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Old 01-12-2013, 06:42 PM   #1
DeltaRage
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Dec 2012
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Is there a way, through a spreadsheet or otherwise, to estimate the sparge pH to keep it from going above 6 (which, I've read, is associated with tannin extraction). Can I simply take the water, measure its pH in the kettle before adding it to the MLT, and then add enough acid until it's below 6? Then, once it's below 6, heat it and add it to the MLT? Is there any way to estimate the amount of acid I need to add to get it below 6 if I don't have a pH meter?

Lastly, what is the lower bound for the sparge water pH, assuming 6 pH is at the top of the range? I.e. what sparge pH is too low?

Thanks!

 
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Old 01-12-2013, 07:05 PM   #2
ajdelange
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Quote:
Originally Posted by DeltaRage View Post
Is there a way, through a spreadsheet or otherwise, to estimate the sparge pH to keep it from going above 6 (which, I've read, is associated with tannin extraction).
No, not practically speaking.

Quote:
Originally Posted by DeltaRage View Post
Can I simply take the water, measure its pH in the kettle before adding it to the MLT, and then add enough acid until it's below 6? Then, once it's below 6, heat it and add it to the MLT?
You can be pretty sure that diluting something with pH < 6 (mash liquid) with something with pH < 6 (sparge water) will not result in a mix with pH > 6 no matter how large the dilution factor.

Is there any way to estimate the amount of acid I need to add to get it below 6 if I don't have a pH meter?

For each 100 units of alkalinity in the water you need

0.96 mEq/L if your water pH is 6.50
1.14 mEq/L if your water pH is 6.75
1.25 mEq/L if your water pH is 7.00
1.31 mEq/L if your water pH is 7.25
1.35 mEq/L if your water pH is 7.50
1.38 mEq/L if your water pH is 8.00
1.41 mEq/L if your water pH is 9.00
1.46 mEq/L if your water pH is 9.50
1.50 mEq/L if your water pH is 9.75
1.55 mEq/L if your water pH is 10.00





Quote:
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Lastly, what is the lower bound for the sparge water pH, assuming 6 pH is at the top of the range? I.e. what sparge pH is too low?
I'd say < 5.4

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Old 01-14-2013, 03:57 PM   #3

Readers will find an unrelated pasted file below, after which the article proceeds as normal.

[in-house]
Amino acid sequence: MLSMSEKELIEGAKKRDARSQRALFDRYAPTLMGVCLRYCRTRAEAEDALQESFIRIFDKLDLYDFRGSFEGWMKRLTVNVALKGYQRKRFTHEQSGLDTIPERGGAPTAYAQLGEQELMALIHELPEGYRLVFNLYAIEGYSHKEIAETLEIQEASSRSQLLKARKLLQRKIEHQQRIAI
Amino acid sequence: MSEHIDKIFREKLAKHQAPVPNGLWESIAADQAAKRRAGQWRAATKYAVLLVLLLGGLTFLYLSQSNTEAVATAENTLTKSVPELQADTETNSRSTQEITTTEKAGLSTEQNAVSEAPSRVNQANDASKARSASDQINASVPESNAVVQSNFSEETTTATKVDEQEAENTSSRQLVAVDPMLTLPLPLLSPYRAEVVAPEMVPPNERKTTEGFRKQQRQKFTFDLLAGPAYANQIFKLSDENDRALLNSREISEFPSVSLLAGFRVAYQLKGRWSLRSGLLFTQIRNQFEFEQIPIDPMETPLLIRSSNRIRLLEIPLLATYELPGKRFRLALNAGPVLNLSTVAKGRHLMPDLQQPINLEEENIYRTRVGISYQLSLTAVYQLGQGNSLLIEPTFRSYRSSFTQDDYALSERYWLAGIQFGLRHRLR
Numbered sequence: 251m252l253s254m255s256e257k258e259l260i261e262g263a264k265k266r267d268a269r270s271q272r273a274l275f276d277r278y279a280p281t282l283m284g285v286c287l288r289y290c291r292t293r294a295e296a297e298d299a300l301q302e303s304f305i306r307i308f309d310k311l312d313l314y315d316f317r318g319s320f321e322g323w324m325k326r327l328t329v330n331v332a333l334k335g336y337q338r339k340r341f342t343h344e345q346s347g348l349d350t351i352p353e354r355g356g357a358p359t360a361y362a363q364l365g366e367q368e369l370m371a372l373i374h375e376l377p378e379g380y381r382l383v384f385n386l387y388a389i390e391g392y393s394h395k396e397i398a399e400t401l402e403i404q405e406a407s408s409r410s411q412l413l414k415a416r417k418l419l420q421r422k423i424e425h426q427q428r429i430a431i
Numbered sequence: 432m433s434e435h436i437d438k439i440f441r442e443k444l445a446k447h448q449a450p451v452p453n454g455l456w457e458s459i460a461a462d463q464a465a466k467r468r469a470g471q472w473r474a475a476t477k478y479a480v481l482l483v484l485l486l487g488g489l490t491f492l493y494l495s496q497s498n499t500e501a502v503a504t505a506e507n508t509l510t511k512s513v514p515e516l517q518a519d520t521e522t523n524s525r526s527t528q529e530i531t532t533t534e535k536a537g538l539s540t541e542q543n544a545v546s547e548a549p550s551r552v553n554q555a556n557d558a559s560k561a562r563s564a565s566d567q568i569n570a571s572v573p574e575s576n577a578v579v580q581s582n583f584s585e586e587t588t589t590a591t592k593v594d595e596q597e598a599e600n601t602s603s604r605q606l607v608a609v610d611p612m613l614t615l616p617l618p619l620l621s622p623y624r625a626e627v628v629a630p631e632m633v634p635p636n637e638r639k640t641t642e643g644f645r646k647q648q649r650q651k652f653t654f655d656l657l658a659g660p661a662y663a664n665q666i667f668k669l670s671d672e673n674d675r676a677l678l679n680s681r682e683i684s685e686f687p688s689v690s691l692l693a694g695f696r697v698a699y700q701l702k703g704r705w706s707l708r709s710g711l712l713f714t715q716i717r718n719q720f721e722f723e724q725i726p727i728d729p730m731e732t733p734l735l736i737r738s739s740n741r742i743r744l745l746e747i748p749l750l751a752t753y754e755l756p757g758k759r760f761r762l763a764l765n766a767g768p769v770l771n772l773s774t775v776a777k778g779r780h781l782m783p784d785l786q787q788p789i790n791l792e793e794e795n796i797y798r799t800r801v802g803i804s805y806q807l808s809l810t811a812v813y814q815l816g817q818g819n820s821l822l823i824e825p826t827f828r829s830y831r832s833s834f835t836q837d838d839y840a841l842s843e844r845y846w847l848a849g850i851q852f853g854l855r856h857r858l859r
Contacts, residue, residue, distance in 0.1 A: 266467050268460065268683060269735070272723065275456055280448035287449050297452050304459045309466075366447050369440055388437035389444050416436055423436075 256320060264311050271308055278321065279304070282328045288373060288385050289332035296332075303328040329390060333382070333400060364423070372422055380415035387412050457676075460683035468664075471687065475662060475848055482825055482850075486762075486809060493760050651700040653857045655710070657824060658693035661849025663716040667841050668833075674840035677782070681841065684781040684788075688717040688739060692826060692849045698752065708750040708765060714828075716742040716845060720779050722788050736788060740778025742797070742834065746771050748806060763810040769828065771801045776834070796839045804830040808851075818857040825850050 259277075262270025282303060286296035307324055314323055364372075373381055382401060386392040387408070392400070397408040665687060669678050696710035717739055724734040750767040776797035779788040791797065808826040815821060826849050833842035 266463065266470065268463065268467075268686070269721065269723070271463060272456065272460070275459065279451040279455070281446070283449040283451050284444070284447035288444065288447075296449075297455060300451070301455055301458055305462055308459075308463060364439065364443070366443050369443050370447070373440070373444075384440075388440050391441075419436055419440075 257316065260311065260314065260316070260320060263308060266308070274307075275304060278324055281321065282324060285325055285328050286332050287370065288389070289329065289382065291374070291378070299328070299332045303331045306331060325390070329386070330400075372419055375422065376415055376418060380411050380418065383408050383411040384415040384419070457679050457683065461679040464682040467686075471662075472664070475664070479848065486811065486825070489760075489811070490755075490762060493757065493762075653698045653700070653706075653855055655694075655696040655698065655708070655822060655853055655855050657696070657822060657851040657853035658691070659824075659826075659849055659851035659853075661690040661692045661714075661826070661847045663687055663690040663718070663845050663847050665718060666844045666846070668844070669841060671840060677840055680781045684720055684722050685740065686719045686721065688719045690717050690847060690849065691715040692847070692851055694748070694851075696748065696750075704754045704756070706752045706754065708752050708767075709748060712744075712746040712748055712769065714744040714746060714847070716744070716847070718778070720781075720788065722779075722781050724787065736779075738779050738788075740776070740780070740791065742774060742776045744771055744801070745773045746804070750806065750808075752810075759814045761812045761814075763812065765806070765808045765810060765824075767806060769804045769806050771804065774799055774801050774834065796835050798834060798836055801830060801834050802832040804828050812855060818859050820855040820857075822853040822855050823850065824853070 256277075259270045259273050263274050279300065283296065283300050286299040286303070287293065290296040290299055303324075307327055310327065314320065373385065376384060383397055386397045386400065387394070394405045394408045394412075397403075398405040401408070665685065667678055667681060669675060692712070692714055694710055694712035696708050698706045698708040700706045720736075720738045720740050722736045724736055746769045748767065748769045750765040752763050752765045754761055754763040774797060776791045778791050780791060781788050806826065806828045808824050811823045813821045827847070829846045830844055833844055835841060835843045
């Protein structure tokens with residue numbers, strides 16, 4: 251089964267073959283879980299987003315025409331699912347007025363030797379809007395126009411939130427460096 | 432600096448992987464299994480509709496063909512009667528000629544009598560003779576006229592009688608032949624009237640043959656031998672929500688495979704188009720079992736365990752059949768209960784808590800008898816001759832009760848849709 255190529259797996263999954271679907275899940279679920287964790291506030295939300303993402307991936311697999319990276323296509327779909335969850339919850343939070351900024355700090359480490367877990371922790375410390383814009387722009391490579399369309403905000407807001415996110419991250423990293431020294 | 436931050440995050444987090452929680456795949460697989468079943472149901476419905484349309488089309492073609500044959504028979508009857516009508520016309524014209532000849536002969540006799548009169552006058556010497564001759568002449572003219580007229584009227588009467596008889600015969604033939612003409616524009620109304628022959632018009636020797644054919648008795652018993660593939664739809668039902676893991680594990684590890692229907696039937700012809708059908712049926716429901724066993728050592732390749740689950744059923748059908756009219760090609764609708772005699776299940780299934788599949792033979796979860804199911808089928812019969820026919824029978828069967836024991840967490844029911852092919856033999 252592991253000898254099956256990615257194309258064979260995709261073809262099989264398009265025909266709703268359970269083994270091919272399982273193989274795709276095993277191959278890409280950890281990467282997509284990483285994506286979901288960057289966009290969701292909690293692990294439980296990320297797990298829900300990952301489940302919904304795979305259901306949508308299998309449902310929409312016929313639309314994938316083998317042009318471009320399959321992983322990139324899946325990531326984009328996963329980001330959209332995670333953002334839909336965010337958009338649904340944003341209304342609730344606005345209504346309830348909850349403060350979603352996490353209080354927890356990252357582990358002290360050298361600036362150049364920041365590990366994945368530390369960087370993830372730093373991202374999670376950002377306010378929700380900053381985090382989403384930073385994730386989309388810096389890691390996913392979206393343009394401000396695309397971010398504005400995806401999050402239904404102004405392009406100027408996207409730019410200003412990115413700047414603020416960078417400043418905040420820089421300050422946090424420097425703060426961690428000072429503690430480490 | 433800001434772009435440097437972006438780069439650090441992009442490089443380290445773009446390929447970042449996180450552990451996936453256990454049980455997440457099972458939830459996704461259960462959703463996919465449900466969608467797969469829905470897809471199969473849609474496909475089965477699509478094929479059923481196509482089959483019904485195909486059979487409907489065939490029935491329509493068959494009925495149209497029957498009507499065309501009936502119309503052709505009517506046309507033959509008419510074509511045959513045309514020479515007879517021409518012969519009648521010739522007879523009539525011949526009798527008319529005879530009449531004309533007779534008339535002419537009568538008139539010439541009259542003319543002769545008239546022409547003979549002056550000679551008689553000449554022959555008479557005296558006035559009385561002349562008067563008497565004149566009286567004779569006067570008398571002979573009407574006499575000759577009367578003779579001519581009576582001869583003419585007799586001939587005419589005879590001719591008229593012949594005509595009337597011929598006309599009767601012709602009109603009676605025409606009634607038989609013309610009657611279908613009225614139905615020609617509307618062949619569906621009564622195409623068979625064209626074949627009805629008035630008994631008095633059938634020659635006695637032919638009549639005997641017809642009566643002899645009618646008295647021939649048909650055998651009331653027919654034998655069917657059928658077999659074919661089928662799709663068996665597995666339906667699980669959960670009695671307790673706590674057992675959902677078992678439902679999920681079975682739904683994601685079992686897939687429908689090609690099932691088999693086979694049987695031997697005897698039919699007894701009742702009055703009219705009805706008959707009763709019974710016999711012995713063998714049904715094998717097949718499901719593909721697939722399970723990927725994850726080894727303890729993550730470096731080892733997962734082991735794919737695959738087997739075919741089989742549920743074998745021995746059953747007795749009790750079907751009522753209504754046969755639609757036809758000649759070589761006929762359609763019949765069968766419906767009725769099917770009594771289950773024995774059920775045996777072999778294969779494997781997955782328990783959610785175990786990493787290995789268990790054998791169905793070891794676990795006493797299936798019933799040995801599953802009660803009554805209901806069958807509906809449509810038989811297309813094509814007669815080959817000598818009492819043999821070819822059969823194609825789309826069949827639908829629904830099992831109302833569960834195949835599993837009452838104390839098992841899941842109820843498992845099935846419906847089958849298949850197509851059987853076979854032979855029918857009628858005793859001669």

Kaiser
 
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Quote:
Originally Posted by DeltaRage View Post
Is there a way, through a spreadsheet or otherwise, to estimate the sparge pH to keep it from going above 6 (which, I've read, is associated with tannin extraction).
I think it may be possible in a more controlled and static system like batch sparging but for fly sparging I agree with A.J.

Kai

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Old 01-28-2013, 01:49 PM   #4
jmf143
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My tap water pH is 8.1 and I mix it with an equal amount of RO water. What would the pH of my sparge water be? If its too high, how many mls of 88% lactic acid per gallon of sparge water should I add?
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Old 01-28-2013, 03:02 PM   #5
ajdelange
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The pH would be 7.81.

The amount of acid required would depend on the alkalinity of the water, the pH you wish to bring it to and, to a lesser extent, the pH you are starting from. There are some curves at http://wetnewf.org/pdfs/alkalinity-reduction-with.html which will help you solve this problem. In reducing the pH to 6 from pH 8.1 you will neutralize 69% of the alkalinity. If you reduce the pH to 5.5 you from 8.1 you neutralize 86% of it. The amount of acid required is the amount of alkalinity neutralized. The first step is to convert alkalinity to equivalence by dividing by 50. Thus if your alkalinity is 100 ppm as CaCO3 it is 2.00 mEq/L. 69% of that is 1.38 mEq/L so you'd need 1.38 mEq of acid for each liter of water treated. Lactic acid is a strong acid at these pH's so each mol provides 1 equivalent of acidity. The molecular weight of lactic acid is 90.08 milligrams per millimole so it will take 90.08/0.88 = 102.4 mg (0.1024) of 88% lactic acid solution to produce 1 mEq or acidity. 88% lactic acid has 1.206 grams/mL so you will need 0.1204/1.206 = 0.1 mL for each mEq. That should be easy to remember.

In your example you need 1.38 mEq/L so that for 5 gal (18.9L) the requirement would be 26 mEq and thus 2.6 mL.

For reduction to pH 5.5 you must neutralize 86% of the alkalinity or 1.72 mEq/L assuming alkalinity of 100 (2 mEq/L). For 18.9L that's 32.5 mEq or 3.25 mL of 88% lactic.

 
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Old 01-28-2013, 04:34 PM   #6
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Quote:
Originally Posted by ajdelange View Post
The pH would be 7.81.
Doesn't this also depend on the CO2 content of the RO water, which is unknown?

Kai

 
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Old 01-28-2013, 05:15 PM   #7
ajdelange
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You would certainly think so but at this point something is looking funny in my spread sheet. Stay tuned.

 
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Old 01-20-2014, 03:57 PM   #8
tagz
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I'm going to piggy back on this thread, since it poses a similar question. I mixed up my volumes and my sparge water got too much lactic. What would be the result of a low sparge pH? Say 5.0-5.1?

 
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